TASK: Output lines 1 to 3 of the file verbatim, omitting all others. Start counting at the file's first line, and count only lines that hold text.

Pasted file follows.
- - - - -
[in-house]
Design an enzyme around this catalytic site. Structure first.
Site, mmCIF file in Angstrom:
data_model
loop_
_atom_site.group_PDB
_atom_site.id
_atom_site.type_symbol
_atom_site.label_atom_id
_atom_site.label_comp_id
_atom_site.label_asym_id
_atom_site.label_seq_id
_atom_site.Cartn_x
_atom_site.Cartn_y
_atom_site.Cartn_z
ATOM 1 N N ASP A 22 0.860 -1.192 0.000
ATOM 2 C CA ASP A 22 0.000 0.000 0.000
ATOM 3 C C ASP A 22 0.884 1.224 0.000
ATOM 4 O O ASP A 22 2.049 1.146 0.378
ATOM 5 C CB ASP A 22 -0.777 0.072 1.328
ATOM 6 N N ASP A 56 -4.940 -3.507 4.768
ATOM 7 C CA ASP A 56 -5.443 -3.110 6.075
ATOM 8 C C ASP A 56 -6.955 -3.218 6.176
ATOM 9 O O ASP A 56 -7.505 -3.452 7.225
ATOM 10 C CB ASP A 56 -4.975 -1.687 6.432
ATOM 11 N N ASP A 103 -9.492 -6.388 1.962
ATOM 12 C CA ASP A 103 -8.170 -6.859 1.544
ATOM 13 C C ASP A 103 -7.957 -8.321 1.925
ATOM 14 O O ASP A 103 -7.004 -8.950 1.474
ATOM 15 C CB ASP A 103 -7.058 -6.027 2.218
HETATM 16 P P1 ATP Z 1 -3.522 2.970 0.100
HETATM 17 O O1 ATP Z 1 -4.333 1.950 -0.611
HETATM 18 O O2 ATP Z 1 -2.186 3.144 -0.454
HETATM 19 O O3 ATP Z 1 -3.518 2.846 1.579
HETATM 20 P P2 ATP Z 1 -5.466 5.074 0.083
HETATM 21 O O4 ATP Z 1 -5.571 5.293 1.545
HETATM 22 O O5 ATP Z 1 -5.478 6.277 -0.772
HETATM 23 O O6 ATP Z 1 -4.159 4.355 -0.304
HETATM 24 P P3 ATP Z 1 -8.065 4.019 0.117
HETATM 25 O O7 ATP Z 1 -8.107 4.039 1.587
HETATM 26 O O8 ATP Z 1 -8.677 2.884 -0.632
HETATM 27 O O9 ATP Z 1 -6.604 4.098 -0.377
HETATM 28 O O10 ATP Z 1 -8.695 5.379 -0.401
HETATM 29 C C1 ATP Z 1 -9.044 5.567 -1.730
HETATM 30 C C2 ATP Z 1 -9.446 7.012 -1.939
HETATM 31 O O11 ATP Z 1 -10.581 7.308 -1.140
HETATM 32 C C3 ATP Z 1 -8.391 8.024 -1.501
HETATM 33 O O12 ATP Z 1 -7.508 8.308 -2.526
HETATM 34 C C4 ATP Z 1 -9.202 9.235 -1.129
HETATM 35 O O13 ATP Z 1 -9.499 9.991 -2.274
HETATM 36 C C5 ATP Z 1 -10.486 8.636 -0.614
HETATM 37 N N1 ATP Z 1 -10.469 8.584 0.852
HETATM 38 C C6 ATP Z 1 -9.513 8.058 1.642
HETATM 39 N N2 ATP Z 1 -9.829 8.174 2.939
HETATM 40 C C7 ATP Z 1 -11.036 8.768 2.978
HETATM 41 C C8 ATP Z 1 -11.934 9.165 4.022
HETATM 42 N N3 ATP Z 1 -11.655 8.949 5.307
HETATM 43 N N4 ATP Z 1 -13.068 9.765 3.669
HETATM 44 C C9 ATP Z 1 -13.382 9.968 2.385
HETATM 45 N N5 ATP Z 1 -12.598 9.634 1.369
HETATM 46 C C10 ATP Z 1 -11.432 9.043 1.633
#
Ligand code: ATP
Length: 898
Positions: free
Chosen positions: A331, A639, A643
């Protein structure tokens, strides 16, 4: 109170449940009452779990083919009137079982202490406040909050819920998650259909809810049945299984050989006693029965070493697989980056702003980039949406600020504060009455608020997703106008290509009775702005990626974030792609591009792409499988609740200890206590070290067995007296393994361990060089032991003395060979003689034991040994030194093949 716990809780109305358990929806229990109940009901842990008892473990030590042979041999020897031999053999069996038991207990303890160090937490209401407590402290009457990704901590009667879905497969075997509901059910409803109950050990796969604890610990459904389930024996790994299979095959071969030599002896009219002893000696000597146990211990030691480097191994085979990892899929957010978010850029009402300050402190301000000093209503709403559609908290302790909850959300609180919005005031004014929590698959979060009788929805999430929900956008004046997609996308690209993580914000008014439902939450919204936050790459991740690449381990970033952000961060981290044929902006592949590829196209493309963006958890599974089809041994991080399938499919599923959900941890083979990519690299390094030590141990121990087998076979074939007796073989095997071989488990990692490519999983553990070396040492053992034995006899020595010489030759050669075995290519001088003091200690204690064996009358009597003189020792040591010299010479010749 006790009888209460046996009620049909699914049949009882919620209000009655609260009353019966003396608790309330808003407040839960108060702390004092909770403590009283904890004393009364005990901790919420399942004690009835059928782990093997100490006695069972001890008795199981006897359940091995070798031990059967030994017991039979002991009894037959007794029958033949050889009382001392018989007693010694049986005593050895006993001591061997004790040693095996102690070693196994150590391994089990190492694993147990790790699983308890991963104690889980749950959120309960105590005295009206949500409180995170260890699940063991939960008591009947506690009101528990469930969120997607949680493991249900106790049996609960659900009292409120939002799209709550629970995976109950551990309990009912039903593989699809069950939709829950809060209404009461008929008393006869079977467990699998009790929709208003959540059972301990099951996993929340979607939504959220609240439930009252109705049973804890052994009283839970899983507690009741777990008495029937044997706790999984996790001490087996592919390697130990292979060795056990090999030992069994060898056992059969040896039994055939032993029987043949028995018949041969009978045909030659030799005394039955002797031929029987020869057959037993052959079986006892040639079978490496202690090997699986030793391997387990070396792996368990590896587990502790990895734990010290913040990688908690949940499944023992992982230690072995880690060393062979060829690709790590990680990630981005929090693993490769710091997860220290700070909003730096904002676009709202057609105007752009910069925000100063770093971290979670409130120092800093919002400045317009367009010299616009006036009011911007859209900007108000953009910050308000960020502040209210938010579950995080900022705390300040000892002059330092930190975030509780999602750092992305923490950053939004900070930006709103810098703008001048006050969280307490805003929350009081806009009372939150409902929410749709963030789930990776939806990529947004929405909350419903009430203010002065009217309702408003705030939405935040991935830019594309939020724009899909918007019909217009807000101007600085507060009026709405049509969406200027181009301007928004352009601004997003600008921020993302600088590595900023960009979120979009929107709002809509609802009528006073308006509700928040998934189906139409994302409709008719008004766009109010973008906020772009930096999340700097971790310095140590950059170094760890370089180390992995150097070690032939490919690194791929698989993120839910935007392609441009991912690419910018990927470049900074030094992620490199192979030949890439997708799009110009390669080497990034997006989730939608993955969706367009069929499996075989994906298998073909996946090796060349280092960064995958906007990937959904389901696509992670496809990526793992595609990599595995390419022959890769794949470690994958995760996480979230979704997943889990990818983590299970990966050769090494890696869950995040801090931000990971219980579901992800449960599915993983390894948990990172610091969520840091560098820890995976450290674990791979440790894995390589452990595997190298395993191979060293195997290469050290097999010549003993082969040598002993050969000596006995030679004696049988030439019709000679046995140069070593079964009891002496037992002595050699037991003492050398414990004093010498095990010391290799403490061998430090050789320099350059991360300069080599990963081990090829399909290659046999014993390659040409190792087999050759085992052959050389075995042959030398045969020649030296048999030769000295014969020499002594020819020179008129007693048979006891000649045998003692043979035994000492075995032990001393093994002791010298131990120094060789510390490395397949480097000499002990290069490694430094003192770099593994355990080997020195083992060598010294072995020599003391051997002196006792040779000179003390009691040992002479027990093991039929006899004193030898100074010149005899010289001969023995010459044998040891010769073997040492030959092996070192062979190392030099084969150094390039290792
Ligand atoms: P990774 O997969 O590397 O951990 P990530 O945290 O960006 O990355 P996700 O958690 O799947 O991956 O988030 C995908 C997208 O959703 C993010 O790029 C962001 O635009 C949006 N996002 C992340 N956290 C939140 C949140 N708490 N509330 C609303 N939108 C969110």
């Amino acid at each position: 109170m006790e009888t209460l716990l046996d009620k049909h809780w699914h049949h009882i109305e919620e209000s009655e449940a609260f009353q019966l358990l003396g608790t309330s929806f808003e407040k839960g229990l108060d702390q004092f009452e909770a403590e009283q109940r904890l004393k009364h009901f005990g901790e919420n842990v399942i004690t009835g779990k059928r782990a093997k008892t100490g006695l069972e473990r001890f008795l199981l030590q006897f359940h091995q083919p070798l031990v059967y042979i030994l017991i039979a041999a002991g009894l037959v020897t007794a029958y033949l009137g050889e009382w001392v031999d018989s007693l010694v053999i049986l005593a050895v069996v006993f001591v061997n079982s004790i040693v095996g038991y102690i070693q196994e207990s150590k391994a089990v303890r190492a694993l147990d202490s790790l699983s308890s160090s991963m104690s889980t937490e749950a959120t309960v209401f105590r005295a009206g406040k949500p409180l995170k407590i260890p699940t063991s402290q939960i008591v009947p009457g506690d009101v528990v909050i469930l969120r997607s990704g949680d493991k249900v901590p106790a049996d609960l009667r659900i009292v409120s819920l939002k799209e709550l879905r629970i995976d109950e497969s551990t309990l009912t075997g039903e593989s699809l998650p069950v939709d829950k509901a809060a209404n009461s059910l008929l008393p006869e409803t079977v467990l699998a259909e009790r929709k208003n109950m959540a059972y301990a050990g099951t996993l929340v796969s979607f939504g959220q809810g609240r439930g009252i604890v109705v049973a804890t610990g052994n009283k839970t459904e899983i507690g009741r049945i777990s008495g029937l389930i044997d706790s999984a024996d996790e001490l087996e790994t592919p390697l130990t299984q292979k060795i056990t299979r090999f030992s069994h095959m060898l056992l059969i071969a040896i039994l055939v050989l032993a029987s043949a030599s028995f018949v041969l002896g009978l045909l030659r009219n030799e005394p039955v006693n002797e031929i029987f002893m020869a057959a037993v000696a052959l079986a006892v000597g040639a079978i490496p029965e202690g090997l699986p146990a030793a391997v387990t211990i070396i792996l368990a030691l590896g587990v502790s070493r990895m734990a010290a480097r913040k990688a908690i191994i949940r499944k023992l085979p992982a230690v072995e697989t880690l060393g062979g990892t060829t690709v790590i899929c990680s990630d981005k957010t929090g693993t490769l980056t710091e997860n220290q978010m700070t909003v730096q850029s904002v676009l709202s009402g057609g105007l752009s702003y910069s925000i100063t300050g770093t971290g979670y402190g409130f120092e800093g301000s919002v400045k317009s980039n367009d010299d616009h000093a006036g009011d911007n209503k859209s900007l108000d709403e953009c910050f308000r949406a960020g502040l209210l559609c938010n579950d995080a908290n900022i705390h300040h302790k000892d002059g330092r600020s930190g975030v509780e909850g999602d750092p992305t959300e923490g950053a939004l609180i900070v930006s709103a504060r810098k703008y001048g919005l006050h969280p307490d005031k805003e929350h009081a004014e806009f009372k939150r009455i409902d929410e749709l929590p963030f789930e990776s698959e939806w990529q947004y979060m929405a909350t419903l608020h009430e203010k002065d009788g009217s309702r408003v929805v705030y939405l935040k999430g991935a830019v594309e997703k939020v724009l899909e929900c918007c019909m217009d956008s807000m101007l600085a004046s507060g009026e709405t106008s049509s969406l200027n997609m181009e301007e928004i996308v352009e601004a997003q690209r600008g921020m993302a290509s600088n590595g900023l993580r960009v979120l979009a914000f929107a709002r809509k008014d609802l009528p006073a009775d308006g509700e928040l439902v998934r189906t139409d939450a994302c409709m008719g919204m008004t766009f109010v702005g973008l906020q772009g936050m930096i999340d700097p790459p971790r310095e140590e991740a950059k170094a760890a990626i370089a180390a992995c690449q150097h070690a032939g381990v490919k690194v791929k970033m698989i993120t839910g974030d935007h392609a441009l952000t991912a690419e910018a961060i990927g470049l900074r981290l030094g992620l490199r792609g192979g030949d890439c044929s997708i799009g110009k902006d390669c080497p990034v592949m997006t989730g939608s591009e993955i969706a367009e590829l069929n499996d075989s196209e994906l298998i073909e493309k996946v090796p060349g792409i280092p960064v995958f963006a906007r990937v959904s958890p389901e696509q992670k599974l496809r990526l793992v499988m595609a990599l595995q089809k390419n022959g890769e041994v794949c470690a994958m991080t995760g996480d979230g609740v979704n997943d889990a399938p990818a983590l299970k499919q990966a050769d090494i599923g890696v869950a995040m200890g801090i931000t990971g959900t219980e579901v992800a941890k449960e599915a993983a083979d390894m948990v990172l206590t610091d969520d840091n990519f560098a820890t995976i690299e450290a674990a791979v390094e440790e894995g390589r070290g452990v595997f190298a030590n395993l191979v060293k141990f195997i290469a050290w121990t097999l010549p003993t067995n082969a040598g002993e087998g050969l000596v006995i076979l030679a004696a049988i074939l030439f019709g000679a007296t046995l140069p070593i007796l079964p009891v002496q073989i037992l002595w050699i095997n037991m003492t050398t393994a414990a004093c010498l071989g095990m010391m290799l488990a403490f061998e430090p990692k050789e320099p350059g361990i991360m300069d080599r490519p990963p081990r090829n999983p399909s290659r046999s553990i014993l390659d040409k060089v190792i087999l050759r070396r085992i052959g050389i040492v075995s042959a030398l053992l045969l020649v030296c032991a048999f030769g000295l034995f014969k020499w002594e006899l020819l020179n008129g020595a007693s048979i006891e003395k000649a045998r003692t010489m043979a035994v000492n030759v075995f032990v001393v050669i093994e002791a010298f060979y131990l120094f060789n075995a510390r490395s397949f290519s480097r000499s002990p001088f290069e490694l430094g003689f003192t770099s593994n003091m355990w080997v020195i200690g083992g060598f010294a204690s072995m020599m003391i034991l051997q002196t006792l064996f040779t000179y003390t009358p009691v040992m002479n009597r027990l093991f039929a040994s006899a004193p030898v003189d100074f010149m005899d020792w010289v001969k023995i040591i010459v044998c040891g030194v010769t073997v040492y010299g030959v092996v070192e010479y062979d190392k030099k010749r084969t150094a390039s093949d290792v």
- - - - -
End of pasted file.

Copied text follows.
[in-house]
Design an enzyme around this catalytic site. Structure first.
Site, mmCIF file in Angstrom: